Untimely rains in south Bengal send veggie prices spiralling
Untimely rains in all south Bengal districts, including Kolkata, have caused massive damage to vegetable crops planted over large areas throughout south Bengal. The rain, caused by a depression over Bay of Bengal, has led to a sharp rise in prices of winter vegetables such as carrots, cauliflower, beans and peas, burning a hole in the pockets of average Kolkatan customers. The prices of eggs have also gone up.
Kolkata bids adieu to ‘Priyo da’, last rites held with state honours
The mortal remains of veteran Congress leader Priya Ranjan Dasmunsi were taken around the Eastern Metropolis for people to pay homage to their ‘Priyo da’. Dasmunsi’s body, which arrived at Dumdum airport from Delhi on Monday evening, was first taken to the Congress state headquarters in Bidhan Bhavan, where top party leaders paid their tributes.
The body was then taken to Calcutta High Court for advocates to pay tributes, and then to Dasmunsi’s residence on Rani Bhavani Road. Finally, the body was flown in a helicopter from Dumdum airport to Dasmunsi’s hometown Raiganj in Uttar Dinajpur district, where the last rites were performed with full state honours.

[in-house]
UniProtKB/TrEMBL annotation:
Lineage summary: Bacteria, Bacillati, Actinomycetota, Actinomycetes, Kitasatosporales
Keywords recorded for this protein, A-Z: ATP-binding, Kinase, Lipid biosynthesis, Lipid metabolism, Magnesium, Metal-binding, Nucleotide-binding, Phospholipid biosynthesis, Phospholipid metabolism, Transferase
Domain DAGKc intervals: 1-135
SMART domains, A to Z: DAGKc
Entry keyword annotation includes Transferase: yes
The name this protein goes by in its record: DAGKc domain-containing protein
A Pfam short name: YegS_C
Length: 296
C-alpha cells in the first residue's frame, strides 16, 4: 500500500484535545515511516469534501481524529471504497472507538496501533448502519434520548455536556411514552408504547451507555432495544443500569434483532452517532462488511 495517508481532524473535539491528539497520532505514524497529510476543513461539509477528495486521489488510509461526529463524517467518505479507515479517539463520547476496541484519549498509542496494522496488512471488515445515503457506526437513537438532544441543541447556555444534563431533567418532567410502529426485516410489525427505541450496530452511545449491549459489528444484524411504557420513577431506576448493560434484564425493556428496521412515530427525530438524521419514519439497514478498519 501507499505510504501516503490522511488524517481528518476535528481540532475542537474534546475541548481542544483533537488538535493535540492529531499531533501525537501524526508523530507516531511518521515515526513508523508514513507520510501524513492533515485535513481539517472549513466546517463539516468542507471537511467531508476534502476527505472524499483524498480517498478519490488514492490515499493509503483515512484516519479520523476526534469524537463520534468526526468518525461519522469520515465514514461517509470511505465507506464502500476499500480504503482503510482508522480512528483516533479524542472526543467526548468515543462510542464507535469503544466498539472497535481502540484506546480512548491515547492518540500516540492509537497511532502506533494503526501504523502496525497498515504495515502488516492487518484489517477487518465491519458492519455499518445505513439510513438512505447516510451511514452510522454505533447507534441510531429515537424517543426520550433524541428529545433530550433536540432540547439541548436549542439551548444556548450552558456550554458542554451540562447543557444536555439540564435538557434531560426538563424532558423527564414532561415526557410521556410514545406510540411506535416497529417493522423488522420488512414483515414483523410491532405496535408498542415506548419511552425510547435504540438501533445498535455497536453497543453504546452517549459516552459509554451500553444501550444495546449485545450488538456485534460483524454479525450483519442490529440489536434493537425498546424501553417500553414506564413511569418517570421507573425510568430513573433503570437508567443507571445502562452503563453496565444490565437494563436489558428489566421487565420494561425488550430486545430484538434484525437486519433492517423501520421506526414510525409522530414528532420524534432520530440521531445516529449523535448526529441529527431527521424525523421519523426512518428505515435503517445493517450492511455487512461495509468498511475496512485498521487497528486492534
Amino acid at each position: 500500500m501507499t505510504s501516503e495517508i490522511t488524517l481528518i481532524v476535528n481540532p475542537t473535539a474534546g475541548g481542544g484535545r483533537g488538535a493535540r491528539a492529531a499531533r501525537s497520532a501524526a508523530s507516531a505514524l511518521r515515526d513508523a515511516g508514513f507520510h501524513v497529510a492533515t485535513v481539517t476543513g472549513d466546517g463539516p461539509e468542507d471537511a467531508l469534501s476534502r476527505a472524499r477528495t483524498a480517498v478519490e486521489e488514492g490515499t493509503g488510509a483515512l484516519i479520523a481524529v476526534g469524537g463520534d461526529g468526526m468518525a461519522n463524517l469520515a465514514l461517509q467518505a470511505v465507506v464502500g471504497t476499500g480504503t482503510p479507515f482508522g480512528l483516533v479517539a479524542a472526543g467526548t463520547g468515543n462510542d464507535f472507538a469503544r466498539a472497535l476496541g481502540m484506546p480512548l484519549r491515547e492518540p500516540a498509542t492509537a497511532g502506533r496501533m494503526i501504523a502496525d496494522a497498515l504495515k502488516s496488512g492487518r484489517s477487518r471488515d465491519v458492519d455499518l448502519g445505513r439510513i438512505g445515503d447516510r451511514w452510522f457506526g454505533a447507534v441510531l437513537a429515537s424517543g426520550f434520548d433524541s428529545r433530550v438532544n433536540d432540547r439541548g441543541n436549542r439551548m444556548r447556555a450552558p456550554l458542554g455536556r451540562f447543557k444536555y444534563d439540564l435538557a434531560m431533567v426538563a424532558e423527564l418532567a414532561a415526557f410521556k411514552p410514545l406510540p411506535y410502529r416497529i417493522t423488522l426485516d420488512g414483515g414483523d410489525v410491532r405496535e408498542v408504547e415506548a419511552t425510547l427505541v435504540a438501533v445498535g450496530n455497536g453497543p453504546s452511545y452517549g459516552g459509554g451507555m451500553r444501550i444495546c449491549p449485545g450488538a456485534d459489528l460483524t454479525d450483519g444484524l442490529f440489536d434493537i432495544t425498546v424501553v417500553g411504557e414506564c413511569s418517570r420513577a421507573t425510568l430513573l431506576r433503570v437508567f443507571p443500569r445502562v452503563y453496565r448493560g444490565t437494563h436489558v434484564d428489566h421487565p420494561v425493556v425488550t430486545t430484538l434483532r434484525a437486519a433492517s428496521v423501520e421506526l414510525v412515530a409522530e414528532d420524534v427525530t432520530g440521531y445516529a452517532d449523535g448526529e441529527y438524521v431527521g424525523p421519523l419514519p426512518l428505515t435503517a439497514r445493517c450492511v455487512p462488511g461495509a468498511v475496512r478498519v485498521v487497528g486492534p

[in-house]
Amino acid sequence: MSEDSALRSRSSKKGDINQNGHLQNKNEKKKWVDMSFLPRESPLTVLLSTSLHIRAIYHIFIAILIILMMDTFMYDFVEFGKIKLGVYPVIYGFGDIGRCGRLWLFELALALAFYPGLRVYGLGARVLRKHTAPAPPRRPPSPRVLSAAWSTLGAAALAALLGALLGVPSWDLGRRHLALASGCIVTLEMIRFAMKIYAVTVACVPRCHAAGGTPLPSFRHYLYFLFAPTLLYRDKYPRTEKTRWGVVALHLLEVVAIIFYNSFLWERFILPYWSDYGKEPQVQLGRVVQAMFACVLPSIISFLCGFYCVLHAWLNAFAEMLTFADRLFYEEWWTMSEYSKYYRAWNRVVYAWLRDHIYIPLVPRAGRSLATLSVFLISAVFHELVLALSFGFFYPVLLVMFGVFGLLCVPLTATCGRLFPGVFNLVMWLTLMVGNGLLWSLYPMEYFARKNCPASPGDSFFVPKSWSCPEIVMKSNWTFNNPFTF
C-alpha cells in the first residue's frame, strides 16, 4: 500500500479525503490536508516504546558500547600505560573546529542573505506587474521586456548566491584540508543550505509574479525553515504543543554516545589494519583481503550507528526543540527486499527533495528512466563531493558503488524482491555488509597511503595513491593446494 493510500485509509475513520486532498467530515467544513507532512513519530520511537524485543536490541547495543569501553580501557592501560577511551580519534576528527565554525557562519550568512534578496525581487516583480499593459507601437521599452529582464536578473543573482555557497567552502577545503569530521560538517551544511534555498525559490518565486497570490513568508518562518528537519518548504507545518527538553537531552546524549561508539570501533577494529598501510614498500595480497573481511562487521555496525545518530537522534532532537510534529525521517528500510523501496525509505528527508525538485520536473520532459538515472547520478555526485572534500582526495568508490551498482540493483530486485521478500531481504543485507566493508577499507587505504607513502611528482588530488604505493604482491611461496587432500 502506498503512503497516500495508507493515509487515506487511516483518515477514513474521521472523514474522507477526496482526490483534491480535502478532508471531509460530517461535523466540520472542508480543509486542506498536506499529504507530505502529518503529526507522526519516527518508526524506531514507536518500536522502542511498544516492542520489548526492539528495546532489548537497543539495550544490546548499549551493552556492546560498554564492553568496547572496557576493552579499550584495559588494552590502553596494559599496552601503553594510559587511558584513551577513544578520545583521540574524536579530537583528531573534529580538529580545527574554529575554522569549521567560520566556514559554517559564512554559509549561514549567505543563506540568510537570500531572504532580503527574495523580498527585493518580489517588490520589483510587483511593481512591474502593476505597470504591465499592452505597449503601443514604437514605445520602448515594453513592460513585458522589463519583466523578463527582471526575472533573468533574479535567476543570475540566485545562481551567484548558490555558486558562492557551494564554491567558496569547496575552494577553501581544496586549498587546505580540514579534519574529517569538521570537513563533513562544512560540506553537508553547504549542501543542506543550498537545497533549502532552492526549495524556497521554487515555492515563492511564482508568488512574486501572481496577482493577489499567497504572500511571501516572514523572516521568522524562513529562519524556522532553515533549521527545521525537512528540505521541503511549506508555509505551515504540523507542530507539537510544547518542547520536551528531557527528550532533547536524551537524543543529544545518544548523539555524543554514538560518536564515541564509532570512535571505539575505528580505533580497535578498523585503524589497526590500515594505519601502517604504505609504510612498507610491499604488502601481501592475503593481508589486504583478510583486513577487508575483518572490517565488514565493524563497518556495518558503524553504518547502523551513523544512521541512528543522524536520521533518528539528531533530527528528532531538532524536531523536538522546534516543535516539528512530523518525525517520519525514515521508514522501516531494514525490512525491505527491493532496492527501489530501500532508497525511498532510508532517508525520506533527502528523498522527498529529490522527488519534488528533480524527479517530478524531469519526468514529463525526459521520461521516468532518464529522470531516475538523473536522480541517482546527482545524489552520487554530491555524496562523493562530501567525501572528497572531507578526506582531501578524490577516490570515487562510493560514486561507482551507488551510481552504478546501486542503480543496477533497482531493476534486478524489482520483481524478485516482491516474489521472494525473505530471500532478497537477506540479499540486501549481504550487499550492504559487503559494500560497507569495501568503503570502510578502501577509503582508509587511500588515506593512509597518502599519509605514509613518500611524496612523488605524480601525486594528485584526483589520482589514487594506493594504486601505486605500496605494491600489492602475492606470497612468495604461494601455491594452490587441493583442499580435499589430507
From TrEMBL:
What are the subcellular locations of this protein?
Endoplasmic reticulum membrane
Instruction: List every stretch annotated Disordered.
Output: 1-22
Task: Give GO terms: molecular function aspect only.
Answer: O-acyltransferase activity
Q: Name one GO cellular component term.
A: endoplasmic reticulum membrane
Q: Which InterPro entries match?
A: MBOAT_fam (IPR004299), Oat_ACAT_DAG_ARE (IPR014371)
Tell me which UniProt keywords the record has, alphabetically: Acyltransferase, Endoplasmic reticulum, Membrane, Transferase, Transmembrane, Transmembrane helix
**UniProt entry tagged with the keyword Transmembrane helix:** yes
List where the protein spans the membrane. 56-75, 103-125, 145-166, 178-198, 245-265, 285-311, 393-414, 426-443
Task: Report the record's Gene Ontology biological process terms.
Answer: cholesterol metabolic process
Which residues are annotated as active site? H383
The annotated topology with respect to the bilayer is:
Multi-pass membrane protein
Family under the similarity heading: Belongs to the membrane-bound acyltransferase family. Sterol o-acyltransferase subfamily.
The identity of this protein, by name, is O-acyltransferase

Tangra’s Chinese food to tease Britain’s taste buds
A Chinese restaurateur born in Kolkata’s Chinatown Tangra is all set to open a chain of Indo-Chinese restaurants in the United Kingdom. Encouraged by the response from Britain-based Bengalis, Steven Lee, who runs an Indo-Chinese restaurant in Harrow in the UK, plans to set up a chain of restaurants called Hakkaland UK in East London, Leeds, Birmingham and Leicester.
Keeping in mind the multi-cultural customer base in the country, Lee hopes his Hakka chicken, ginger chicken, fish pepper salt, Tai Tai paneer and soya chilli, among other delicacies, will be liked by patrons. Formerly a home to tanneries, Tangra is now dotted with Chinese restaurants owned and run by Chinese migrants, mostly from Guangdong in China, which serve food with Indian flavours.
Come winter, come Bhutias
With the onset of winter across south Bengal, including Kolkata, Tibetan dealers in warm clothes, popularly known as ‘Bhutias’ across the state, have started setting up their seasonal stalls in the city and
other parts of the state. A large number of Bengalis wait for the Bhutias to arrive before buying new winter wears. Most of the Tibetans make their annual journey to the eastern state from Dharmashala in Himachal Pradesh. They buy warm clothes from trading points in Tibet, and also from Jalandhar in Punjab.
The author is the correspondent of the New Indian Express in West Bengal.